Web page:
While solid walls are one of the most efficient ways to separate rooms or divide large areas, they can make the space look cramped, or block light. There are several other types of dividers that are easier to construct, lighter in appearance, more functional and can add more personality to a space. For times when it is difficult to eliminate solid walls, covering floors and walls in different colors or playing with levels are good alternatives.
See-through partitions are one of the most popular alternatives for walls. Screens, both static and dynamic, not only divide spaces but also add a decorative element. They can be renter-friendly, act as storage, help the flow of light and enable visual connectivity.
Micro Apartment by Allen + Killcoyne Architects uses a screen to separate the sleeping area from the living space in a small studio apartment. In Superform’s Apartment – Towards the sun, the screen isolates the sitting area while also acting as a shelf for books.
Subtle changes in floor height can be extremely impactful. Dropping the ceiling lower in some sections can make those spaces feel intimate and separate them from other areas. In Ice & Snow Apartment, Precht has shaped different nooks in the same space by creating organic forms in the ceiling that vary in height.
Playing with Levels
Just as with ceilings, level differences in floors are also an effective way of designating functions or establishing levels of privacy in open spaces. Whether it is a single step or a raised platform, higher spaces can come across as more intimate. In House of Steps, chaoffice sinks in the floor to create a cozy nook.
Glass walls might not provide privacy but they efficiently break up large spaces or create pockets in homes. They can be accented with black borders to create interesting visuals. Levallois Apartment by NZI Architectes uses glass in one plane whereas Pisco House by PAULO MARTINS ARQ&DESIGN features a glass cabin.
Even a hint of a divider can make a drastic difference. Partial screens or side panels, whether transparent or opaque, can allow for large openings and also allocate specific functions. A section of small wooden panels like in Beau Cloud Mansion / The Cascade or glass panels on two sides like Park Avenue Prewar can break up spaces without making either of the rooms look smaller.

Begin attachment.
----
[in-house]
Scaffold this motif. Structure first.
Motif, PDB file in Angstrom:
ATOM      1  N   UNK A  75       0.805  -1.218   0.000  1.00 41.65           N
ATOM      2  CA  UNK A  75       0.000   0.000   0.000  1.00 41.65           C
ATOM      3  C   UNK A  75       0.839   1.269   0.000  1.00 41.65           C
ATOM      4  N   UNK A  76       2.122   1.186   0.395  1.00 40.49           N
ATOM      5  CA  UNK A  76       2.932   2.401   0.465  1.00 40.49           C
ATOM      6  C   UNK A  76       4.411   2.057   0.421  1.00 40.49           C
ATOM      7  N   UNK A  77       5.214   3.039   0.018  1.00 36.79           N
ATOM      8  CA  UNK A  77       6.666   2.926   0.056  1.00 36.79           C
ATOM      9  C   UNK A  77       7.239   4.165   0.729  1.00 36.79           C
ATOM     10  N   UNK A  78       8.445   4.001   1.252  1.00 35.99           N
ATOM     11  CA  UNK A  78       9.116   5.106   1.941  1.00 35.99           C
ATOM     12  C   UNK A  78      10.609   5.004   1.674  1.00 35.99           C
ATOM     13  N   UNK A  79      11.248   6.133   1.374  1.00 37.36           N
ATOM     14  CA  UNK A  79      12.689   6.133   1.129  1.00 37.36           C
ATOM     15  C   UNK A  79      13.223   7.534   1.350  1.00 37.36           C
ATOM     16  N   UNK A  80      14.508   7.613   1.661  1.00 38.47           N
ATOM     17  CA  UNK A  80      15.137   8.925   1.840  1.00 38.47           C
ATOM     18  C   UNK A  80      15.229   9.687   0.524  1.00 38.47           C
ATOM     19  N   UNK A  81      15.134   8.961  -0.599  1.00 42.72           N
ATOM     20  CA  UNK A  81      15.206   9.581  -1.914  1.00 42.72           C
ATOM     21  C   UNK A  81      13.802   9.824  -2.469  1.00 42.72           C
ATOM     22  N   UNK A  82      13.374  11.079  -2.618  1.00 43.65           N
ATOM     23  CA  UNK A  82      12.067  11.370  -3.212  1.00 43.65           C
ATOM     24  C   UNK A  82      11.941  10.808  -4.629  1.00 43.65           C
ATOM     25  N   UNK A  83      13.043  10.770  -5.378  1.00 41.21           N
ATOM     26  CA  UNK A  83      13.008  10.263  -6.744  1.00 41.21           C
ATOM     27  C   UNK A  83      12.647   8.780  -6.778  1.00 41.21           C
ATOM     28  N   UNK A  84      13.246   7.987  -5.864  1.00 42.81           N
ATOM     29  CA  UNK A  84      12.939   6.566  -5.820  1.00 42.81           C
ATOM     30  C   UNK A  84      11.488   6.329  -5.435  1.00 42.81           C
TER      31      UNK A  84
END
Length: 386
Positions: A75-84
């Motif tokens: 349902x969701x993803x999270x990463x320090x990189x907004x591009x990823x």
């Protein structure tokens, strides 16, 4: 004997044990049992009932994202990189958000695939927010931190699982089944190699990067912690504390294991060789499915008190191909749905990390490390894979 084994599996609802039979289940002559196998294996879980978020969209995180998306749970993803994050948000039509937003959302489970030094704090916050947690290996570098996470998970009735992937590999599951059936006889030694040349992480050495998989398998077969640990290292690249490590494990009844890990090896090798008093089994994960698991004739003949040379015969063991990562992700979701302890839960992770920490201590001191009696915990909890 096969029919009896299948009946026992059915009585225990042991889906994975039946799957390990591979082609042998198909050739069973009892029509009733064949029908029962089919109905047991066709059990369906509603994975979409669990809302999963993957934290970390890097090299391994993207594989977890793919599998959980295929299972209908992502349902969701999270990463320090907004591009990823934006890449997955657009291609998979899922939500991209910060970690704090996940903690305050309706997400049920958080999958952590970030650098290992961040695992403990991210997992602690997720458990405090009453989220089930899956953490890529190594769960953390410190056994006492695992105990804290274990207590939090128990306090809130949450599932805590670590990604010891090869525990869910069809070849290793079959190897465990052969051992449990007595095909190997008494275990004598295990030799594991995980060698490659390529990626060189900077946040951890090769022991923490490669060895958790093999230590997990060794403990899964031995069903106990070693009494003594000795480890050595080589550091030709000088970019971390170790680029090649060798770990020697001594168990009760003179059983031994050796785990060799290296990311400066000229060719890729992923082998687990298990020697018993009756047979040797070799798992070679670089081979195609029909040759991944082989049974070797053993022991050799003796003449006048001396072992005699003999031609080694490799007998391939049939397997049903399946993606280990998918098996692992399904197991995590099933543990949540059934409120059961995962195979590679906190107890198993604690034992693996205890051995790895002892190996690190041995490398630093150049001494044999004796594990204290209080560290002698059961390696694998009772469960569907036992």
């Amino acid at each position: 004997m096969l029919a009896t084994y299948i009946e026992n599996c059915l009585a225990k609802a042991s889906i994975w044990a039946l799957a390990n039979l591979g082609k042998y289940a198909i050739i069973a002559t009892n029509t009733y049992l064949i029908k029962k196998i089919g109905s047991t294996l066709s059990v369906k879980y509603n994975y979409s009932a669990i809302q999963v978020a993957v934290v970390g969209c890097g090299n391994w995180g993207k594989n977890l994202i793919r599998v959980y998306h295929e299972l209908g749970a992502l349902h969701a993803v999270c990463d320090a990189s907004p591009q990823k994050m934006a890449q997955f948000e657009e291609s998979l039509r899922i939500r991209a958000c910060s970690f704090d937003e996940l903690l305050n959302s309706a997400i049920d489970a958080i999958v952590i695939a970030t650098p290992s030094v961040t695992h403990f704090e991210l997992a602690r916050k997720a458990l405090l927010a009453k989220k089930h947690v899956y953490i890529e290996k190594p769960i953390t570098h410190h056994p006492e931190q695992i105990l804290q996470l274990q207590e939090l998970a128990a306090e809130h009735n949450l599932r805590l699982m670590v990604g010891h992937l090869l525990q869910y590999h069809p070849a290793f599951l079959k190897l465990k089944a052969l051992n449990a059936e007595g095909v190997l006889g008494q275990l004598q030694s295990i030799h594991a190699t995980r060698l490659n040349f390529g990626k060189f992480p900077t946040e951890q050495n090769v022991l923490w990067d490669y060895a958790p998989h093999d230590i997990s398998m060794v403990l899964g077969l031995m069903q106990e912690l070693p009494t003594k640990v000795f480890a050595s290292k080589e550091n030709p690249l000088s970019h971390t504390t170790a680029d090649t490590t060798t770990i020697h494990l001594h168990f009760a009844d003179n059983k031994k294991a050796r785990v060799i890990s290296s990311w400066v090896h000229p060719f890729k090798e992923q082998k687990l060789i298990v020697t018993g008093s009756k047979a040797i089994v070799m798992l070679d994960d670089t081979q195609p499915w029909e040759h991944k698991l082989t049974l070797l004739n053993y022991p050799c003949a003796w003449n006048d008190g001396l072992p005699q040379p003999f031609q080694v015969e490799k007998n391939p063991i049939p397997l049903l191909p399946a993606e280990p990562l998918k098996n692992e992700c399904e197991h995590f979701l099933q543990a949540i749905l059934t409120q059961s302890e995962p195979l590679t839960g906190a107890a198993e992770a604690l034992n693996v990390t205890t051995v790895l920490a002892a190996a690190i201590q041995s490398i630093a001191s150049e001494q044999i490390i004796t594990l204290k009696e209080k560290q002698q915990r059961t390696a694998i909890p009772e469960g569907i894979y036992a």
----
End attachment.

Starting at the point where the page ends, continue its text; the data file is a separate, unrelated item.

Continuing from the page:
When space or ventilation constraints prevent the use of vertical dividers, floor treatments can be handy. Changing tile patterns or materials on floors can break up the spaces visually or allot functions to different corners in the same room.
In Penhouse in Ruzafa, Valencia, different patterned tiles distinguish the kitchen and dining area from the living room and the corridor. On a Cruise Apartment features a similar technique with changes in materials instead of tile patterns.
Tiling or color shifts don’t have to be restricted to floors. Continuing the floor tiles on the walls like in Caminha Apartment by Tiago do Vale Arquitectos or painting an entire section of a room in one color like in Reinoldi Secondary School by SSP AG also creates a strong visual distinction between spaces in large areas. This is especially useful when walls cannot be moved due to structural constraints.
Change in Texture
Monochrome settings are extremely popular these days. A light-toned palette is also great for smaller spaces as it makes them appear bright and airy. When adding dividers is difficult in such settings, a change in texture in the same color palette can be used to isolate functions or areas in a home. This is showcased in Arc Side by Jolson.
Framing corners with shelves or splitting up a studio space with a fixed counter or island is an extremely functional method of allocating activities and adding storage in small homes. A small breakfast bar in Functional Family Apartment clearly marks the end of the kitchen area while providing a space for meals. In The Apartment for Přemek, using shelves to make a space more narrow is a practical method of making the space cozy and intimate.
The post Breaking Down Barriers: 9 Wall-Free Ways To Partition Interior Space appeared first on Journal.